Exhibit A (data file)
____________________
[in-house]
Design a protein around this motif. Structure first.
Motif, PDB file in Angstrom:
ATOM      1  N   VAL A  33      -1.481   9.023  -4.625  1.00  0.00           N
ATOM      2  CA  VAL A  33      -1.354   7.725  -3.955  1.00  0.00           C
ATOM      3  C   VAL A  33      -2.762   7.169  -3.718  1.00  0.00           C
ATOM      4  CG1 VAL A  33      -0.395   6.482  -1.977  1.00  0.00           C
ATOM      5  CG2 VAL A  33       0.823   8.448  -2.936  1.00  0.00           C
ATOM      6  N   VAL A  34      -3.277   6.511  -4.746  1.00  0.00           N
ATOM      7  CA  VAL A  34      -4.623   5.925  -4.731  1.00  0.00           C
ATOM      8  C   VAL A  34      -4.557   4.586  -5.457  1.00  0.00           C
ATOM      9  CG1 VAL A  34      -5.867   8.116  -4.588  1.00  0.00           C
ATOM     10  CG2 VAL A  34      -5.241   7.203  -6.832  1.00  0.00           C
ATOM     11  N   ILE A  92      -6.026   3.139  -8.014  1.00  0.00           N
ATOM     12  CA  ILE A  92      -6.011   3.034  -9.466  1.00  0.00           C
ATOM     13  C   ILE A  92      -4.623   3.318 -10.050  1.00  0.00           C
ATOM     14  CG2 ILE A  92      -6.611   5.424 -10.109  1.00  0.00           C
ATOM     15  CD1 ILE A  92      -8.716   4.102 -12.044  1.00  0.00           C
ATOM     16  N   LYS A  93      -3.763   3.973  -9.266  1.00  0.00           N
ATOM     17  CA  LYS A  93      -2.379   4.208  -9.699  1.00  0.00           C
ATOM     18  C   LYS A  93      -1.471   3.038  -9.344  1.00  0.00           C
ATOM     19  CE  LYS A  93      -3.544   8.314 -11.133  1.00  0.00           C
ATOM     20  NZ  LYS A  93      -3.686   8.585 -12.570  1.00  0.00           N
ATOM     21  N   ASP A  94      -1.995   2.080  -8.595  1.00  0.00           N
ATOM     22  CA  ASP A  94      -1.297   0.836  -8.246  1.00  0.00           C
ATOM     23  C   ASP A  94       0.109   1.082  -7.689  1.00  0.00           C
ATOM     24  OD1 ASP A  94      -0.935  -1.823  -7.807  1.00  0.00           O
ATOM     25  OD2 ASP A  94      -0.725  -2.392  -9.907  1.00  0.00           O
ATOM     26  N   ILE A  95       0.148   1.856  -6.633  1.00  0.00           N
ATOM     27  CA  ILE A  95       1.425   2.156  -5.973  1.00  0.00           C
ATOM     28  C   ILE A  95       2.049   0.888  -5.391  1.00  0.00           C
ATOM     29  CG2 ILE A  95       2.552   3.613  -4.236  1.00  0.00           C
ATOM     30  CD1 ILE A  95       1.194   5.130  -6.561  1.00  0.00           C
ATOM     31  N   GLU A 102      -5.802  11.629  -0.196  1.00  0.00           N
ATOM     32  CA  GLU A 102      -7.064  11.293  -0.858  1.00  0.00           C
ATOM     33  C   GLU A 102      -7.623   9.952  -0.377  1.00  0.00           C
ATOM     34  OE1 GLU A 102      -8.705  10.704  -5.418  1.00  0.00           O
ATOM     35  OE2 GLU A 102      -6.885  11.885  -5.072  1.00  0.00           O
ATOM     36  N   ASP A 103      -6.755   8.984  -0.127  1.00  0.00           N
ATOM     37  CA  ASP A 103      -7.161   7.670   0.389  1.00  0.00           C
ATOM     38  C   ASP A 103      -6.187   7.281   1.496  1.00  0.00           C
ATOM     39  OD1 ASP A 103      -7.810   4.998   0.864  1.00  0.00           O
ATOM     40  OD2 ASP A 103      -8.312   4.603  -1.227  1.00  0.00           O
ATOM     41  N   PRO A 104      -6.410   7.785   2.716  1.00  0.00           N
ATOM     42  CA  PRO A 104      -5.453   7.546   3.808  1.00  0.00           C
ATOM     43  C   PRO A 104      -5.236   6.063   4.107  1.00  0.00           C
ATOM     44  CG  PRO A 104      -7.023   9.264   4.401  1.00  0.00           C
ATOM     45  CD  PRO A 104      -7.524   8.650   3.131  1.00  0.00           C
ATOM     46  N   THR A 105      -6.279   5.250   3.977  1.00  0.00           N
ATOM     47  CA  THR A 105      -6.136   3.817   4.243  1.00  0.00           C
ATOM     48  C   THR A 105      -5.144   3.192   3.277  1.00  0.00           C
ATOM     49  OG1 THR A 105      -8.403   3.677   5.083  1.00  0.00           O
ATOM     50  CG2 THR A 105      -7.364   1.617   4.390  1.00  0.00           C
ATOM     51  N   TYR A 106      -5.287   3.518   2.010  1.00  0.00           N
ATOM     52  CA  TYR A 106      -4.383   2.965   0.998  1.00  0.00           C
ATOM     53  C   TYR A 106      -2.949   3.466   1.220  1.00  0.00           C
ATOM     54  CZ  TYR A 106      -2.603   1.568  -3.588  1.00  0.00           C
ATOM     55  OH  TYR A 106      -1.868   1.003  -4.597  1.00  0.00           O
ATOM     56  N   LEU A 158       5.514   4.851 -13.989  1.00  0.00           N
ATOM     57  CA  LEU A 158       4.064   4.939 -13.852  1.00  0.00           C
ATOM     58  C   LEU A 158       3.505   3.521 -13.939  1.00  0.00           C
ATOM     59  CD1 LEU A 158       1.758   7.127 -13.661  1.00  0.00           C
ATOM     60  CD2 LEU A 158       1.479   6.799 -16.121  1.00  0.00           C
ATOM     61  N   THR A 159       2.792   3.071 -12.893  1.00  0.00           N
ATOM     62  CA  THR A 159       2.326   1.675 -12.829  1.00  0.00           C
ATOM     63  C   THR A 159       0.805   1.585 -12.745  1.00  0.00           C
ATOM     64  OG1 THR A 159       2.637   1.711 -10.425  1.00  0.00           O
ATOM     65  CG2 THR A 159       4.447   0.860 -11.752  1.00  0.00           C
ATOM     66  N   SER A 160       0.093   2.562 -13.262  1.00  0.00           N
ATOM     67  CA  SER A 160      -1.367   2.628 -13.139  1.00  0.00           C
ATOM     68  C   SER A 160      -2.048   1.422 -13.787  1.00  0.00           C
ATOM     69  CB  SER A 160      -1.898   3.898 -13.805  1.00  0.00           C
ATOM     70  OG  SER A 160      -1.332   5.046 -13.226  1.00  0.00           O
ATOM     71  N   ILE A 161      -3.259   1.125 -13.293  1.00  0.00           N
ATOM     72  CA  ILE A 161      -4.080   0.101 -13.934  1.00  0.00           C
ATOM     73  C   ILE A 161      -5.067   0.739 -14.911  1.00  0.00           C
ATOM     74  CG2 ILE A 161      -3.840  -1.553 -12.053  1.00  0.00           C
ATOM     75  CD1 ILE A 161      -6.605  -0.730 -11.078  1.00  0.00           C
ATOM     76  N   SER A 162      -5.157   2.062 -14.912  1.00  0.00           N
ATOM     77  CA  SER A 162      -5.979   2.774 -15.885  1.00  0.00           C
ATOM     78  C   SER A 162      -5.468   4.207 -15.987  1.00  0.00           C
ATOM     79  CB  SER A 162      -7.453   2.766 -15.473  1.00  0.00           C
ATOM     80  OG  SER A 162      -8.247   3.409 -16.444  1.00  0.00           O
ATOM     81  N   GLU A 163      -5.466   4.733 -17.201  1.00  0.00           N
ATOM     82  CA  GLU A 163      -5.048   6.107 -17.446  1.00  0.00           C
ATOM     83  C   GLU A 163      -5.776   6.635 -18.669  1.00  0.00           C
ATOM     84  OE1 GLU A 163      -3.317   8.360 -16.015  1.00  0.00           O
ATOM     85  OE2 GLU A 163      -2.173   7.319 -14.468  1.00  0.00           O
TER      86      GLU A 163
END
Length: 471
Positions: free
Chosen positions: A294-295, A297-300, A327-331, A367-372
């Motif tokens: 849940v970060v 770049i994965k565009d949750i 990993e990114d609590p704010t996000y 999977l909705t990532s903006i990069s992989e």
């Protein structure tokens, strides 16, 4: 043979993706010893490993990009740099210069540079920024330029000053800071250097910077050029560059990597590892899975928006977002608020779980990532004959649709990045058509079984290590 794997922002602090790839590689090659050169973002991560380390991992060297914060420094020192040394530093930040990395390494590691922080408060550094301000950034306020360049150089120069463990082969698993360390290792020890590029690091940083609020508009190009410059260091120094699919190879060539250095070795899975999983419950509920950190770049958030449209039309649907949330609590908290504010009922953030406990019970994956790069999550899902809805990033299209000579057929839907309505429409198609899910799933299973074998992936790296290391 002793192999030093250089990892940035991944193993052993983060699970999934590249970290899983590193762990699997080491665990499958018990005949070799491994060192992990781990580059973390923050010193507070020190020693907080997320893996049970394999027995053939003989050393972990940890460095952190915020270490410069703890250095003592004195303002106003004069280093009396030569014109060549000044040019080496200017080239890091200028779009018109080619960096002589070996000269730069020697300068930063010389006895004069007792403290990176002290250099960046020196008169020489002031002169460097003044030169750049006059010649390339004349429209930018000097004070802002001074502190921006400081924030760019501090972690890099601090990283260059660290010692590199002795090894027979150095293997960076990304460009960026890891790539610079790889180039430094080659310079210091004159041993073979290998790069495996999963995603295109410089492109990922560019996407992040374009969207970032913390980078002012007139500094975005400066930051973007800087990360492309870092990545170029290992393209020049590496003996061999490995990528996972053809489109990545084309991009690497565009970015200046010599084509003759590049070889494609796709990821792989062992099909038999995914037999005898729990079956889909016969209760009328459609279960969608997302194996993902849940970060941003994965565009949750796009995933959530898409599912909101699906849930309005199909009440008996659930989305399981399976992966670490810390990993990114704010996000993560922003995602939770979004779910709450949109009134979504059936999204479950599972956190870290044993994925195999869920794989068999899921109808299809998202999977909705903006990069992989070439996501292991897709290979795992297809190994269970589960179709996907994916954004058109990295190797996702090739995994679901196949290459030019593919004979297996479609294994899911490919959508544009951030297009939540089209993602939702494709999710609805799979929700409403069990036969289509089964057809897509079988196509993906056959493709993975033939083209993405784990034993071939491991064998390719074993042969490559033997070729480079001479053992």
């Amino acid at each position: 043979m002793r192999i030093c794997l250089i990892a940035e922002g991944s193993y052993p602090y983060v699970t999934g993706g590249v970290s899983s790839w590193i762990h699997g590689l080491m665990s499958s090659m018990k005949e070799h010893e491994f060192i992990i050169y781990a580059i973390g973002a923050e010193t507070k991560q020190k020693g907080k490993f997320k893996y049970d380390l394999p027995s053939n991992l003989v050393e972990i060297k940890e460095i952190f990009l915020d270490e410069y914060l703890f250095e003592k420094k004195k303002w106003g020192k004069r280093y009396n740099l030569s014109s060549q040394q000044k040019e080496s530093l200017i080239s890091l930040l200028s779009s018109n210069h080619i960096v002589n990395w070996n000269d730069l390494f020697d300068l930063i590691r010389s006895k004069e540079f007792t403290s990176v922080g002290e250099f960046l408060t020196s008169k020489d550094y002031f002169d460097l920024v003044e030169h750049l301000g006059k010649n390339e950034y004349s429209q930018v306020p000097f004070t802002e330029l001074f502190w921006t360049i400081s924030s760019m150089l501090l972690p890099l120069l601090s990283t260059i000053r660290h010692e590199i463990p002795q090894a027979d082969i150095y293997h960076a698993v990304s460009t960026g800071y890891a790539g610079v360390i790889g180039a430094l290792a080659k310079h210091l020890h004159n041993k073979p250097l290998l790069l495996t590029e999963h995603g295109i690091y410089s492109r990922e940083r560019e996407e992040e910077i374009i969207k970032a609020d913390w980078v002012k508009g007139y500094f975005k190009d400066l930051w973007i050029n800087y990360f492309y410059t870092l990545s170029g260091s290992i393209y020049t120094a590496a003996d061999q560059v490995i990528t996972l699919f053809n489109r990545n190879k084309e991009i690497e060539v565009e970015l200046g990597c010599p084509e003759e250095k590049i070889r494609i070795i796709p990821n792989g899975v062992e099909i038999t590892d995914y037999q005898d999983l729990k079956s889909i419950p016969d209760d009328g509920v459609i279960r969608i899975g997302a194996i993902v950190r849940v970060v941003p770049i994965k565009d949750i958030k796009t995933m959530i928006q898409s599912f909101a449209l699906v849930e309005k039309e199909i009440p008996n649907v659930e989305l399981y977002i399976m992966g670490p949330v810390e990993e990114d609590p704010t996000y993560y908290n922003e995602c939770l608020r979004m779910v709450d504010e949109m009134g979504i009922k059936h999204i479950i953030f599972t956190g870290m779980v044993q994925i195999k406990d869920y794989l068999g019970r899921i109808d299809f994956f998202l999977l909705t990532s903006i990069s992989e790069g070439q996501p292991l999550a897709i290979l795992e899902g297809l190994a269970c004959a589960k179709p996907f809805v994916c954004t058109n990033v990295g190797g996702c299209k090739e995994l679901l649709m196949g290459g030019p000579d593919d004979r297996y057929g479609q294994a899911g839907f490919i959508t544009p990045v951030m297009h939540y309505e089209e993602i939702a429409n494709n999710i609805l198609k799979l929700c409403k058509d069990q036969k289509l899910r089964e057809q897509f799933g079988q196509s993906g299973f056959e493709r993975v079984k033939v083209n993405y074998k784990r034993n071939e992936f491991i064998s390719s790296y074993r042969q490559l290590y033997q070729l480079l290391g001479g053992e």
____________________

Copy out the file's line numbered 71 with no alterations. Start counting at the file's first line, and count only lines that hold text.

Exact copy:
ATOM     68  C   SER A 160      -2.048   1.422 -13.787  1.00  0.00           C